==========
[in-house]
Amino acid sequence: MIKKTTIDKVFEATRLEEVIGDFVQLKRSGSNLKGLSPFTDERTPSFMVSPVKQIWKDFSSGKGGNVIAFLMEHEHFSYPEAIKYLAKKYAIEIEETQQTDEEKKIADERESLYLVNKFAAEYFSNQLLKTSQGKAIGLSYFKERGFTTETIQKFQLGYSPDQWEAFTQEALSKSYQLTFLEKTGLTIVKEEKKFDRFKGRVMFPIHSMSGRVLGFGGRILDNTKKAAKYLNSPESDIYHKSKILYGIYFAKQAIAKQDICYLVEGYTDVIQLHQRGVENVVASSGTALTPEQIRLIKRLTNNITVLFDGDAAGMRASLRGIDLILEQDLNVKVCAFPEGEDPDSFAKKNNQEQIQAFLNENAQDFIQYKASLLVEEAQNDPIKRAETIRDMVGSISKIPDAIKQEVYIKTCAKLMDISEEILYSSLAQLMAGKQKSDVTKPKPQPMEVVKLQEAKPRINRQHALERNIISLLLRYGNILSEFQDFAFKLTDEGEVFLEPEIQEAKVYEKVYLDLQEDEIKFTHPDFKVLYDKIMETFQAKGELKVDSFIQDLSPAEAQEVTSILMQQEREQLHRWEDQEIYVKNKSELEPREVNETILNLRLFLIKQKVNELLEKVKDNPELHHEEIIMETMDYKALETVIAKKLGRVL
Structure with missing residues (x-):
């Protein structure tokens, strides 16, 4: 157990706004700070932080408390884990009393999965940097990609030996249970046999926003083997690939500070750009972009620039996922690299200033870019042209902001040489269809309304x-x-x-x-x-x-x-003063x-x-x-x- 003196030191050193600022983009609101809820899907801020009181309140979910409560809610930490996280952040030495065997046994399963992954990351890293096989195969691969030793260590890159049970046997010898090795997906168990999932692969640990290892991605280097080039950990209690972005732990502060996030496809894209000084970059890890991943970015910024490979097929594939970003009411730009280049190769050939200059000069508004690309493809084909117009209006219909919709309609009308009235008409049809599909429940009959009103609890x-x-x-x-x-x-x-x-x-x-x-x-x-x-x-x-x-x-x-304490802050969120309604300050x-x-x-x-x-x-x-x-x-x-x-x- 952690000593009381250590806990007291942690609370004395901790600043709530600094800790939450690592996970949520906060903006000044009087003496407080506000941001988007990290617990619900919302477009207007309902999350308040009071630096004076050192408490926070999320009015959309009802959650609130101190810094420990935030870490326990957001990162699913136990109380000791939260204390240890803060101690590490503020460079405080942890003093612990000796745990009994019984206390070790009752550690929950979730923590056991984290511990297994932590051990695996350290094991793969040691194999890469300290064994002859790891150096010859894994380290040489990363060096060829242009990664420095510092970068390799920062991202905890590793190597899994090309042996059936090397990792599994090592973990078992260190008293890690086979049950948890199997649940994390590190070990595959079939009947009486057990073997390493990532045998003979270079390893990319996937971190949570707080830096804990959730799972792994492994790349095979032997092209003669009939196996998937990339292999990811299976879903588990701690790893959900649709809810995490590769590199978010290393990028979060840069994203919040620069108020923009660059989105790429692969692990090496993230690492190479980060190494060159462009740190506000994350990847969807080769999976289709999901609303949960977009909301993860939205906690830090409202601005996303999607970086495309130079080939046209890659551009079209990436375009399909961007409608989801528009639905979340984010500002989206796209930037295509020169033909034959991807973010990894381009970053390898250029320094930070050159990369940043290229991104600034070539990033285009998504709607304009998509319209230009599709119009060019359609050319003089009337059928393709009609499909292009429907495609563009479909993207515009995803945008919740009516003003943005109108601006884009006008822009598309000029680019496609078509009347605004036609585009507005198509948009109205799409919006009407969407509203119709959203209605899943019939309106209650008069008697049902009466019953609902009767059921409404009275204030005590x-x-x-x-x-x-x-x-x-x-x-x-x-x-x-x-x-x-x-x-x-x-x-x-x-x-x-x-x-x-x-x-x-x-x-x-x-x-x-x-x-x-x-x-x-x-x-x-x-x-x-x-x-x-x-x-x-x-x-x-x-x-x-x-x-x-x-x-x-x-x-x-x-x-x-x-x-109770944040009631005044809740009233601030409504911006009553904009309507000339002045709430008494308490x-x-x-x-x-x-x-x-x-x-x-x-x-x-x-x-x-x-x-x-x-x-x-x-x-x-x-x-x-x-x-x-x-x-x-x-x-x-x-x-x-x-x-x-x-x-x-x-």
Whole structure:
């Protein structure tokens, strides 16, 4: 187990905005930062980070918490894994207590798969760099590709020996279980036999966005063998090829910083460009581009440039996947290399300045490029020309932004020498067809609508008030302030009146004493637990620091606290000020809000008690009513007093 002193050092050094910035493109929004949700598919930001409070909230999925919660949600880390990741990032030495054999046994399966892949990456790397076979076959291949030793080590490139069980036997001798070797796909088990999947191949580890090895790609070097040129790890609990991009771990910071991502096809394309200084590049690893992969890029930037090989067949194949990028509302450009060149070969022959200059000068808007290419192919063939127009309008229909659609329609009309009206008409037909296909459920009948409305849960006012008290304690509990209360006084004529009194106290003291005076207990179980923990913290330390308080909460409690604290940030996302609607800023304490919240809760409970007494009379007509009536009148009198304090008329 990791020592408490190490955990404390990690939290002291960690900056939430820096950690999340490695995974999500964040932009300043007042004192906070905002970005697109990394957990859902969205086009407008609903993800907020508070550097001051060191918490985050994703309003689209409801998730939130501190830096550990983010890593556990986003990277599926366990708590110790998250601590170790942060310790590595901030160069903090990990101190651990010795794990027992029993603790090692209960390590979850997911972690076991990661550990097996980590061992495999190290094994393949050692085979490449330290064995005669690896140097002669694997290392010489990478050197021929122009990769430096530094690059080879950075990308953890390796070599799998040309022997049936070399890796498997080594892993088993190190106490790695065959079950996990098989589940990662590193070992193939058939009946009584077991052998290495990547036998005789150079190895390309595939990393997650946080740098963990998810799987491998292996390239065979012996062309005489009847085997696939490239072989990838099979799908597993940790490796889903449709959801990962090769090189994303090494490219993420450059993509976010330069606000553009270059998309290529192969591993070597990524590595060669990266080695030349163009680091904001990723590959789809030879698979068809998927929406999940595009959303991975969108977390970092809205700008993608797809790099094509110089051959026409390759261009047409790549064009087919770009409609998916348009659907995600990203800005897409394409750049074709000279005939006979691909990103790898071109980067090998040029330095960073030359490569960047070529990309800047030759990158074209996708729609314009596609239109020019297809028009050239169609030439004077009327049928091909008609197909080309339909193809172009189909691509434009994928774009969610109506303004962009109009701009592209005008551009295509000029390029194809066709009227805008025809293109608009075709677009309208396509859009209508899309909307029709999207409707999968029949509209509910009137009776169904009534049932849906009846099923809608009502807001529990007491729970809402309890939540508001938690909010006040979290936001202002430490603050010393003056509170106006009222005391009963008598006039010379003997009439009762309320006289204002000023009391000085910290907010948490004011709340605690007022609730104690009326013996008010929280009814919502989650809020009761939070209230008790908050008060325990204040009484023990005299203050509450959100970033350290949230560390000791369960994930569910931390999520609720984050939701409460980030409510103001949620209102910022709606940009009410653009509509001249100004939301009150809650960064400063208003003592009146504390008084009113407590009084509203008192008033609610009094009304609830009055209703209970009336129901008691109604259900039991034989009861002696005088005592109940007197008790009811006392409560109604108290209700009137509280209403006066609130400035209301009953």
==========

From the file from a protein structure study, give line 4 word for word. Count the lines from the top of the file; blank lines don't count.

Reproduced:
């Protein structure tokens, strides 16, 4: 157990706004700070932080408390884990009393999965940097990609030996249970046999926003083997690939500070750009972009620039996922690299200033870019042209902001040489269809309304x-x-x-x-x-x-x-003063x-x-x-x- 003196030191050193600022983009609101809820899907801020009181309140979910409560809610930490996280952040030495065997046994399963992954990351890293096989195969691969030793260590890159049970046997010898090795997906168990999932692969640990290892991605280097080039950990209690972005732990502060996030496809894209000084970059890890991943970015910024490979097929594939970003009411730009280049190769050939200059000069508004690309493809084909117009209006219909919709309609009308009235008409049809599909429940009959009103609890x-x-x-x-x-x-x-x-x-x-x-x-x-x-x-x-x-x-x-304490802050969120309604300050x-x-x-x-x-x-x-x-x-x-x-x- 952690000593009381250590806990007291942690609370004395901790600043709530600094800790939450690592996970949520906060903006000044009087003496407080506000941001988007990290617990619900919302477009207007309902999350308040009071630096004076050192408490926070999320009015959309009802959650609130101190810094420990935030870490326990957001990162699913136990109380000791939260204390240890803060101690590490503020460079405080942890003093612990000796745990009994019984206390070790009752550690929950979730923590056991984290511990297994932590051990695996350290094991793969040691194999890469300290064994002859790891150096010859894994380290040489990363060096060829242009990664420095510092970068390799920062991202905890590793190597899994090309042996059936090397990792599994090592973990078992260190008293890690086979049950948890199997649940994390590190070990595959079939009947009486057990073997390493990532045998003979270079390893990319996937971190949570707080830096804990959730799972792994492994790349095979032997092209003669009939196996998937990339292999990811299976879903588990701690790893959900649709809810995490590769590199978010290393990028979060840069994203919040620069108020923009660059989105790429692969692990090496993230690492190479980060190494060159462009740190506000994350990847969807080769999976289709999901609303949960977009909301993860939205906690830090409202601005996303999607970086495309130079080939046209890659551009079209990436375009399909961007409608989801528009639905979340984010500002989206796209930037295509020169033909034959991807973010990894381009970053390898250029320094930070050159990369940043290229991104600034070539990033285009998504709607304009998509319209230009599709119009060019359609050319003089009337059928393709009609499909292009429907495609563009479909993207515009995803945008919740009516003003943005109108601006884009006008822009598309000029680019496609078509009347605004036609585009507005198509948009109205799409919006009407969407509203119709959203209605899943019939309106209650008069008697049902009466019953609902009767059921409404009275204030005590x-x-x-x-x-x-x-x-x-x-x-x-x-x-x-x-x-x-x-x-x-x-x-x-x-x-x-x-x-x-x-x-x-x-x-x-x-x-x-x-x-x-x-x-x-x-x-x-x-x-x-x-x-x-x-x-x-x-x-x-x-x-x-x-x-x-x-x-x-x-x-x-x-x-x-x-x-109770944040009631005044809740009233601030409504911006009553904009309507000339002045709430008494308490x-x-x-x-x-x-x-x-x-x-x-x-x-x-x-x-x-x-x-x-x-x-x-x-x-x-x-x-x-x-x-x-x-x-x-x-x-x-x-x-x-x-x-x-x-x-x-x-």